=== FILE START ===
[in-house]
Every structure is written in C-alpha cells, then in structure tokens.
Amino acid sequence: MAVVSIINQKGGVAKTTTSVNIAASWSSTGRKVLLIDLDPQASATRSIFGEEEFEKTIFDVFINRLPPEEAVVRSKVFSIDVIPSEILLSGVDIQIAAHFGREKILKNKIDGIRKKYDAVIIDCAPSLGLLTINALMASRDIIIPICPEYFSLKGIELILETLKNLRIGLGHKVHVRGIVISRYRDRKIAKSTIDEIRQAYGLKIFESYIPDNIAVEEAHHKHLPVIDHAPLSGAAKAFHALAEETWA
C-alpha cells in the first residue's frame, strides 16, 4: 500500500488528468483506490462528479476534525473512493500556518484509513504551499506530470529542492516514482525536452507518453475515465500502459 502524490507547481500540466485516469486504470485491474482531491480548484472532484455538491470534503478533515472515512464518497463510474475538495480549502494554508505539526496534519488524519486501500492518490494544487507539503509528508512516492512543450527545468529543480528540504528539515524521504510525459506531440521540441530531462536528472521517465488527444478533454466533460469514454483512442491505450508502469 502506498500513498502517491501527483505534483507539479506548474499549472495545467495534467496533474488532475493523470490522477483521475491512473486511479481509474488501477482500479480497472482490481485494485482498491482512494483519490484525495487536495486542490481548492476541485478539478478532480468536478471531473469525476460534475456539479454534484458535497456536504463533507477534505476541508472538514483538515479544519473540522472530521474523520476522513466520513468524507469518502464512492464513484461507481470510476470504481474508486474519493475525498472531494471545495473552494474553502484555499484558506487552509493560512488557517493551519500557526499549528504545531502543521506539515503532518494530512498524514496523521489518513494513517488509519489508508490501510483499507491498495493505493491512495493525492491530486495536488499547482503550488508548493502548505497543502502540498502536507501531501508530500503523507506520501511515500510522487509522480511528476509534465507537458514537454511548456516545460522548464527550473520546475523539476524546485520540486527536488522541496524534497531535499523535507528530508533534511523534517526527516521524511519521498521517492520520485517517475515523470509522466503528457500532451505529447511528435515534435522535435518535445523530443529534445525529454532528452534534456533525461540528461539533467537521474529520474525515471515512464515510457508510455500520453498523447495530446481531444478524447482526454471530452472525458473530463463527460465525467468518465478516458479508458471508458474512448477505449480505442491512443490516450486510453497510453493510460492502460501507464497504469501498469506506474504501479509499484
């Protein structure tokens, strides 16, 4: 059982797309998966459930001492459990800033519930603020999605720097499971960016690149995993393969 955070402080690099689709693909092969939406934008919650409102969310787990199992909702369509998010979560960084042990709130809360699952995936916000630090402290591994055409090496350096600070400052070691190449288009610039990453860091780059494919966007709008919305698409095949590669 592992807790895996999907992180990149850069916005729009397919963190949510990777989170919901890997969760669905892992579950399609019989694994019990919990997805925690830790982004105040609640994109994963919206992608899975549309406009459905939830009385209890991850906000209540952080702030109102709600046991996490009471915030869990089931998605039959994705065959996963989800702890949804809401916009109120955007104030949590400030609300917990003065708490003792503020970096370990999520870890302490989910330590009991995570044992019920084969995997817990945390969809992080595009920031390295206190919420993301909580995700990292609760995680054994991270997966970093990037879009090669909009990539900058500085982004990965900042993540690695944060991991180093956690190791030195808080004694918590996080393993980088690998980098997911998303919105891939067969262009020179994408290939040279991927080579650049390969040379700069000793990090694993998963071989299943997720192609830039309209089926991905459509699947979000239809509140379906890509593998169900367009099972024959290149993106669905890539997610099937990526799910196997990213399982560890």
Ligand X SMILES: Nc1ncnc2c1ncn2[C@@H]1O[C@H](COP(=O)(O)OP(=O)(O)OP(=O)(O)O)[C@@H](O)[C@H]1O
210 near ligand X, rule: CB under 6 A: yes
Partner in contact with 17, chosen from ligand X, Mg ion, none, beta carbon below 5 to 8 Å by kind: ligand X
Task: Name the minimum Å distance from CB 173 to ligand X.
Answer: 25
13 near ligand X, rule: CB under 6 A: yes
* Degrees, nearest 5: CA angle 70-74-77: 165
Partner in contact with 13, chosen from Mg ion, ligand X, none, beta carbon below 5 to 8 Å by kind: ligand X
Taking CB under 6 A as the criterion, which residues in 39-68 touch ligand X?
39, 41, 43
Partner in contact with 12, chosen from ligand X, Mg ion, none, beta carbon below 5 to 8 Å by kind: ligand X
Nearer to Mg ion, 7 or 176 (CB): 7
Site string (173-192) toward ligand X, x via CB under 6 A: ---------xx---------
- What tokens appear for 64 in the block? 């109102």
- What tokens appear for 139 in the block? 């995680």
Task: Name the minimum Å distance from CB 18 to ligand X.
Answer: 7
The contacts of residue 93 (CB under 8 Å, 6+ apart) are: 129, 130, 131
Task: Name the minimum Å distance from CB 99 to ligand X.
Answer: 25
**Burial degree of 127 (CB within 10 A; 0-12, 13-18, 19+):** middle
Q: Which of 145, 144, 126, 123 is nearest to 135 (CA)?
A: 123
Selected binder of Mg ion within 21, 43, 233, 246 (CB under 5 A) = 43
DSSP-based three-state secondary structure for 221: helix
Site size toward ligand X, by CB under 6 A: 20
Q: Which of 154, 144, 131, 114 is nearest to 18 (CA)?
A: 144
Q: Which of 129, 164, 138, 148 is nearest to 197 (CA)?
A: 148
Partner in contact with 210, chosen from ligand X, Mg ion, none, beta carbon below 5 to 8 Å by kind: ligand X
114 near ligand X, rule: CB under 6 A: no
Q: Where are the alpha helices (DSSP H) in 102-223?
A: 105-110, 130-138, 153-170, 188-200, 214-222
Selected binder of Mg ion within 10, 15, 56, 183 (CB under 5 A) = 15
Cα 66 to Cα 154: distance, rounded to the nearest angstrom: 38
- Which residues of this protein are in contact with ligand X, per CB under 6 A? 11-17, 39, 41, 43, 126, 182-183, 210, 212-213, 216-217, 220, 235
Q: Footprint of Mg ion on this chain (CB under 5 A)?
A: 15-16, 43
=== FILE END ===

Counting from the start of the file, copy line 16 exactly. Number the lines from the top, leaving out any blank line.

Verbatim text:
Partner in contact with 12, chosen from ligand X, Mg ion, none, beta carbon below 5 to 8 Å by kind: ligand X